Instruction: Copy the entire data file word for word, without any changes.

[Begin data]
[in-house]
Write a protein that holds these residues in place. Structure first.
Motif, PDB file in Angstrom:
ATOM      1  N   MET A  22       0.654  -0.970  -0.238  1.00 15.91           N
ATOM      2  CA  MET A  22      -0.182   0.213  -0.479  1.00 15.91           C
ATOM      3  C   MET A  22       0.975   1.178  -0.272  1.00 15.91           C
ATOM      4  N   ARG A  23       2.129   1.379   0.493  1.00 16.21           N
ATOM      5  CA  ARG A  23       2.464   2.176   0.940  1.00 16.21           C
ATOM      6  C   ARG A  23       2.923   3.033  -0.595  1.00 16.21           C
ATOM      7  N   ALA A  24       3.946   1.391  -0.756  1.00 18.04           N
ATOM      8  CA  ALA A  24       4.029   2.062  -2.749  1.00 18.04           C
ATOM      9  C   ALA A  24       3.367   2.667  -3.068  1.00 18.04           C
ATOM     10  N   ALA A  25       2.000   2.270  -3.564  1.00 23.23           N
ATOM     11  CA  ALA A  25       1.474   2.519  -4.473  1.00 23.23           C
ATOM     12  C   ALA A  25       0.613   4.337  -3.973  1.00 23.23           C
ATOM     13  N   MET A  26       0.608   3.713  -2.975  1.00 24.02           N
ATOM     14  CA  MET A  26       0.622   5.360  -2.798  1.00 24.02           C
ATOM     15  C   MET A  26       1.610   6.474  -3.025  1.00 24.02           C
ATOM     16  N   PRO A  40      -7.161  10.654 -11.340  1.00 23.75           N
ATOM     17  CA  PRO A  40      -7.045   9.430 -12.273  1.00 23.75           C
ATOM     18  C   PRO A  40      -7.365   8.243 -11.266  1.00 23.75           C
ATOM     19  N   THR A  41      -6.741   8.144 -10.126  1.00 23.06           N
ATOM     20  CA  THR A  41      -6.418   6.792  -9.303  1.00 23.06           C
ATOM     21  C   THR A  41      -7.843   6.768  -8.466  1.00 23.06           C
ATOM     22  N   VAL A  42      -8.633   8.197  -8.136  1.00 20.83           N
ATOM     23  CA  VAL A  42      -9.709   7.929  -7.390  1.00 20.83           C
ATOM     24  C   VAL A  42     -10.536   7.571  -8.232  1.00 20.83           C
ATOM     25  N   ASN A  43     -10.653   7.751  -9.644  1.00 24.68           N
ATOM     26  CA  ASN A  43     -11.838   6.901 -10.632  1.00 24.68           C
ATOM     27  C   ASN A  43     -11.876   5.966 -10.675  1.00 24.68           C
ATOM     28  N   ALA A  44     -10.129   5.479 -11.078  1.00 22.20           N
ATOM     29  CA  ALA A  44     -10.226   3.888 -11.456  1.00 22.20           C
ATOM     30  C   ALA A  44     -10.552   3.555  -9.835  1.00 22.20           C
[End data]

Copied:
[in-house]
Write a protein that holds these residues in place. Structure first.
Motif, PDB file in Angstrom:
ATOM      1  N   MET A  22       0.654  -0.970  -0.238  1.00 15.91           N
ATOM      2  CA  MET A  22      -0.182   0.213  -0.479  1.00 15.91           C
ATOM      3  C   MET A  22       0.975   1.178  -0.272  1.00 15.91           C
ATOM      4  N   ARG A  23       2.129   1.379   0.493  1.00 16.21           N
ATOM      5  CA  ARG A  23       2.464   2.176   0.940  1.00 16.21           C
ATOM      6  C   ARG A  23       2.923   3.033  -0.595  1.00 16.21           C
ATOM      7  N   ALA A  24       3.946   1.391  -0.756  1.00 18.04           N
ATOM      8  CA  ALA A  24       4.029   2.062  -2.749  1.00 18.04           C
ATOM      9  C   ALA A  24       3.367   2.667  -3.068  1.00 18.04           C
ATOM     10  N   ALA A  25       2.000   2.270  -3.564  1.00 23.23           N
ATOM     11  CA  ALA A  25       1.474   2.519  -4.473  1.00 23.23           C
ATOM     12  C   ALA A  25       0.613   4.337  -3.973  1.00 23.23           C
ATOM     13  N   MET A  26       0.608   3.713  -2.975  1.00 24.02           N
ATOM     14  CA  MET A  26       0.622   5.360  -2.798  1.00 24.02           C
ATOM     15  C   MET A  26       1.610   6.474  -3.025  1.00 24.02           C
ATOM     16  N   PRO A  40      -7.161  10.654 -11.340  1.00 23.75           N
ATOM     17  CA  PRO A  40      -7.045   9.430 -12.273  1.00 23.75           C
ATOM     18  C   PRO A  40      -7.365   8.243 -11.266  1.00 23.75           C
ATOM     19  N   THR A  41      -6.741   8.144 -10.126  1.00 23.06           N
ATOM     20  CA  THR A  41      -6.418   6.792  -9.303  1.00 23.06           C
ATOM     21  C   THR A  41      -7.843   6.768  -8.466  1.00 23.06           C
ATOM     22  N   VAL A  42      -8.633   8.197  -8.136  1.00 20.83           N
ATOM     23  CA  VAL A  42      -9.709   7.929  -7.390  1.00 20.83           C
ATOM     24  C   VAL A  42     -10.536   7.571  -8.232  1.00 20.83           C
ATOM     25  N   ASN A  43     -10.653   7.751  -9.644  1.00 24.68           N
ATOM     26  CA  ASN A  43     -11.838   6.901 -10.632  1.00 24.68           C
ATOM     27  C   ASN A  43     -11.876   5.966 -10.675  1.00 24.68           C
ATOM     28  N   ALA A  44     -10.129   5.479 -11.078  1.00 22.20           N
ATOM     29  CA  ALA A  44     -10.226   3.888 -11.456  1.00 22.20           C
ATOM     30  C   ALA A  44     -10.552   3.555  -9.835  1.00 22.20           C